Definition

Named after the first doctor to describe it, Pick's disease is an incurable and unique fronto-temporal neurodegenerative disease that causes about 0.4-2 percent of dementia. Symptoms usually appear in people 40 to 60 years slowly leading to declining mental abilities. It gradually destroys the brain cells and damages their function, disturbing cognitive processes such as problem solving, memory and reasoning. One's ability to use as well as understand spoken, written and signed language is also affected.

Diagnosis

Patients with Pick disease have a difficulty in speaking and writing. They have mood swings and changes in their personality, particularly exhibiting apathy, severe depression where it has never happened before, impulsive behavior for cautious persons, bad manners, rudeness, saying and doing improper things publicly, aggression, poor judgment, paranoia and selfishness.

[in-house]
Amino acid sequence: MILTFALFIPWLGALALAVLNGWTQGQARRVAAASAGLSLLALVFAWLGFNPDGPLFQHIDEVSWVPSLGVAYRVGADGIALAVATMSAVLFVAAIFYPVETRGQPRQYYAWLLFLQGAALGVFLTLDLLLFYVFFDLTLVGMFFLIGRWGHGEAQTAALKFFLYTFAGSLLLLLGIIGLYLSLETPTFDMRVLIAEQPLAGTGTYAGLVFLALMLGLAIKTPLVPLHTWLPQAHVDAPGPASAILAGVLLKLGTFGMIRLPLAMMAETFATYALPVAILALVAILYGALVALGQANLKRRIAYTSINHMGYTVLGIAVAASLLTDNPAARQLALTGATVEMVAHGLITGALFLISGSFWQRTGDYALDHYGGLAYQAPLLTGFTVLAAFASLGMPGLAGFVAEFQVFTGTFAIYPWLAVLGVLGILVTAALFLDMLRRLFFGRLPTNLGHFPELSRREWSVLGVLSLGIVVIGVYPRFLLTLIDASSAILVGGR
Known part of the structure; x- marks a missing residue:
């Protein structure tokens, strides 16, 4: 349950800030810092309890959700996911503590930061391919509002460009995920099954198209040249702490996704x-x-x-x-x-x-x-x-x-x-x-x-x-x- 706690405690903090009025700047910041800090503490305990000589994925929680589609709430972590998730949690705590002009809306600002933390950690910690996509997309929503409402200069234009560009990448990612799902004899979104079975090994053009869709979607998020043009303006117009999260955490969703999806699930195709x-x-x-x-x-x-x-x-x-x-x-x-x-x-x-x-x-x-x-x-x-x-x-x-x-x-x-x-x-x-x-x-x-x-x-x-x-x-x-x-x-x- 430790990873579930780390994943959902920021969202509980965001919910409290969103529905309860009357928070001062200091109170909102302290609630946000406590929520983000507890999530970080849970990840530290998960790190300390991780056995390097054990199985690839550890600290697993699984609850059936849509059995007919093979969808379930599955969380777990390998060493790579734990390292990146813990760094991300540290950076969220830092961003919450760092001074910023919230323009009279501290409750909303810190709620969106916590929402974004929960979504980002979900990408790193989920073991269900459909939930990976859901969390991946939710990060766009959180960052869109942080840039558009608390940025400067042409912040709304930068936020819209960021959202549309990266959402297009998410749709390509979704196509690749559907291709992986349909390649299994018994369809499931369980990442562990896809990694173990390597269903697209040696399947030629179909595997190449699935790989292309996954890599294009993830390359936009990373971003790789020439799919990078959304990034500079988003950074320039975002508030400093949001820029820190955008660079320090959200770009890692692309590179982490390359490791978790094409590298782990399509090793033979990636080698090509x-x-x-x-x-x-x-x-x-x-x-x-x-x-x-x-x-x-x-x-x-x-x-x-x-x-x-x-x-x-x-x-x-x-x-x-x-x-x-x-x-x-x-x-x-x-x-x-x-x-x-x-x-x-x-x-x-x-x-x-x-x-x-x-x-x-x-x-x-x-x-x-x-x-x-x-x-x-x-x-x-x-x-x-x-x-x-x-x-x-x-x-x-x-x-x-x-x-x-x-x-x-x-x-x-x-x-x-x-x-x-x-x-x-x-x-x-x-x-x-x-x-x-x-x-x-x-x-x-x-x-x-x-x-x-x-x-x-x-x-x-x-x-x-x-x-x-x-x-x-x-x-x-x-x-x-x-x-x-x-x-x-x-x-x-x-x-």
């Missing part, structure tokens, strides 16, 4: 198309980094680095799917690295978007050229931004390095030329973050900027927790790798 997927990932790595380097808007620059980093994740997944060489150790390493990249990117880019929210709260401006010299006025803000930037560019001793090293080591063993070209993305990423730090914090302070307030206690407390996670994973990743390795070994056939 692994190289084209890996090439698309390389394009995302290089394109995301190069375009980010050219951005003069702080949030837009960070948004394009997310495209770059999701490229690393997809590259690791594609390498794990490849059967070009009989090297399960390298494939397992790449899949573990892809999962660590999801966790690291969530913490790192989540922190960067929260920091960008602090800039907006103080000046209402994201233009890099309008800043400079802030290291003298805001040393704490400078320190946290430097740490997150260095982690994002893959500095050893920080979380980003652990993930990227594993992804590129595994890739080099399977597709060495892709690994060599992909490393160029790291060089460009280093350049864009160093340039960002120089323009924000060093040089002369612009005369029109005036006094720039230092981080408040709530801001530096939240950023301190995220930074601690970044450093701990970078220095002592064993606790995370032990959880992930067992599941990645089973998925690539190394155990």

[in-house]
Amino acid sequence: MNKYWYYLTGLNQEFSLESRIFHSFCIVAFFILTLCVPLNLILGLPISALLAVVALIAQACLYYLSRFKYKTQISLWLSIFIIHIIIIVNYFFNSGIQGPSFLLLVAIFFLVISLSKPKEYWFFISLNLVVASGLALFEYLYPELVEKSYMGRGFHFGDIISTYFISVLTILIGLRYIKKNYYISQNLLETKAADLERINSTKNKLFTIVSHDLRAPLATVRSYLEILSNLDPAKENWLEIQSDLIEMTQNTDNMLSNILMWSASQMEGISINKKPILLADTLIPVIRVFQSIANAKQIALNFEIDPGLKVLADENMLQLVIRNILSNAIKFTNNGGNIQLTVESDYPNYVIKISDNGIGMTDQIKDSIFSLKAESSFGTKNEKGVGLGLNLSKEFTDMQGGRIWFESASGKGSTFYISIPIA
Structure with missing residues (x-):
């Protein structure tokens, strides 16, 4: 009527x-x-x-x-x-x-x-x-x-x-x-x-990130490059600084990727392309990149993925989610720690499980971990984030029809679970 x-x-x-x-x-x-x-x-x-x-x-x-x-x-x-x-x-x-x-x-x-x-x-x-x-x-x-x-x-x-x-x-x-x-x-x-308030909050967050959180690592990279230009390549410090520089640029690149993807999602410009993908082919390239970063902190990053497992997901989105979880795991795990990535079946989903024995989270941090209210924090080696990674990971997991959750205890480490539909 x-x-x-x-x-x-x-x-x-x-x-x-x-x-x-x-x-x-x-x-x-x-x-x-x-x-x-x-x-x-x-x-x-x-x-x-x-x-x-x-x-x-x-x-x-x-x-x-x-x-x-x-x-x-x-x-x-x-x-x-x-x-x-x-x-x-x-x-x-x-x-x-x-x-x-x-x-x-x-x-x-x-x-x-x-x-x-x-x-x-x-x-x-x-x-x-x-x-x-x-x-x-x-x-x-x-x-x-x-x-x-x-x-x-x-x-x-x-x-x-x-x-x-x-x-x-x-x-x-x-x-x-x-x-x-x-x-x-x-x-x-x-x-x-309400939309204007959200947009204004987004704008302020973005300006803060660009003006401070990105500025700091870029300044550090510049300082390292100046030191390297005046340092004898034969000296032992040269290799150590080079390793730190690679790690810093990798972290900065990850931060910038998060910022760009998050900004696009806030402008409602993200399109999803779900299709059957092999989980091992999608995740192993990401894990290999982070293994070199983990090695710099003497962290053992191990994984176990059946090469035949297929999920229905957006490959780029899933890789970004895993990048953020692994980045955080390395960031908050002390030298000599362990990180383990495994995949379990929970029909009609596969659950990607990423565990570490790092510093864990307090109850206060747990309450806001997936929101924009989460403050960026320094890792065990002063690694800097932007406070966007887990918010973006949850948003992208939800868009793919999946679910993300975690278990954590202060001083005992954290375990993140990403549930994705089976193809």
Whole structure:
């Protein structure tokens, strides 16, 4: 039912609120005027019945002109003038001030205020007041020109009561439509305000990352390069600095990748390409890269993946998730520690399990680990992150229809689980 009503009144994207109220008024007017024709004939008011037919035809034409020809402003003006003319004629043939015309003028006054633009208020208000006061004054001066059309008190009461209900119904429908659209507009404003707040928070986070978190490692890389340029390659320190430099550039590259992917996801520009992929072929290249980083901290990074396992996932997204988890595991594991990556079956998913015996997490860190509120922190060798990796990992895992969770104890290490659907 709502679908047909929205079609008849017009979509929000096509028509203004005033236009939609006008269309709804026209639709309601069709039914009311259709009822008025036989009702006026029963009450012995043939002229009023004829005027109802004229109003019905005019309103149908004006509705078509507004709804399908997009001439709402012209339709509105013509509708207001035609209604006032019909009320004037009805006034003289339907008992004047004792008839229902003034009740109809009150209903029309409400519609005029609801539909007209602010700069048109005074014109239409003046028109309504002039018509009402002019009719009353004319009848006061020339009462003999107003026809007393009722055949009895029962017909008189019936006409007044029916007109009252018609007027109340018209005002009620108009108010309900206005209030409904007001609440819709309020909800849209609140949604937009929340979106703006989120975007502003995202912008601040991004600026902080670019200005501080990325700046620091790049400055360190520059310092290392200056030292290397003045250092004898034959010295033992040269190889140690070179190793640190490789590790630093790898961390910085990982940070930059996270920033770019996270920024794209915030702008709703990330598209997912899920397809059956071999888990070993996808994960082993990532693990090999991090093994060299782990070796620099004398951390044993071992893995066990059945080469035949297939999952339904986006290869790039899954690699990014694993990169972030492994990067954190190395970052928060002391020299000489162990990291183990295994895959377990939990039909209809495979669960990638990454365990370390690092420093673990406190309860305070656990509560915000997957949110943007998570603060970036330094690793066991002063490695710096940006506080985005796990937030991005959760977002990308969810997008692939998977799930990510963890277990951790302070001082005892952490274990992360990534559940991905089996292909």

Treatment

No cure exists for Pick's disease. What are available are medications that lessen clinical symptoms such cholinesterase inhibitors, antidepressants/anxiolytics, and antipsychotics.

Symptoms

What causes the disease is still not known to science. It is not genetic, nor is it caused by environmental factors.

Causes

A biopsy is necessary to confirm diagnosis of the disorder. This means that a small sample of the patient's brain is going to be tested by a neurosurgeon. Without this procedure, the diagnosis is based on symptoms and elimination of other conditions. Doctors are going to conduct medical interviews, mental examinations, imaging studies, lab tests, and physical examinations.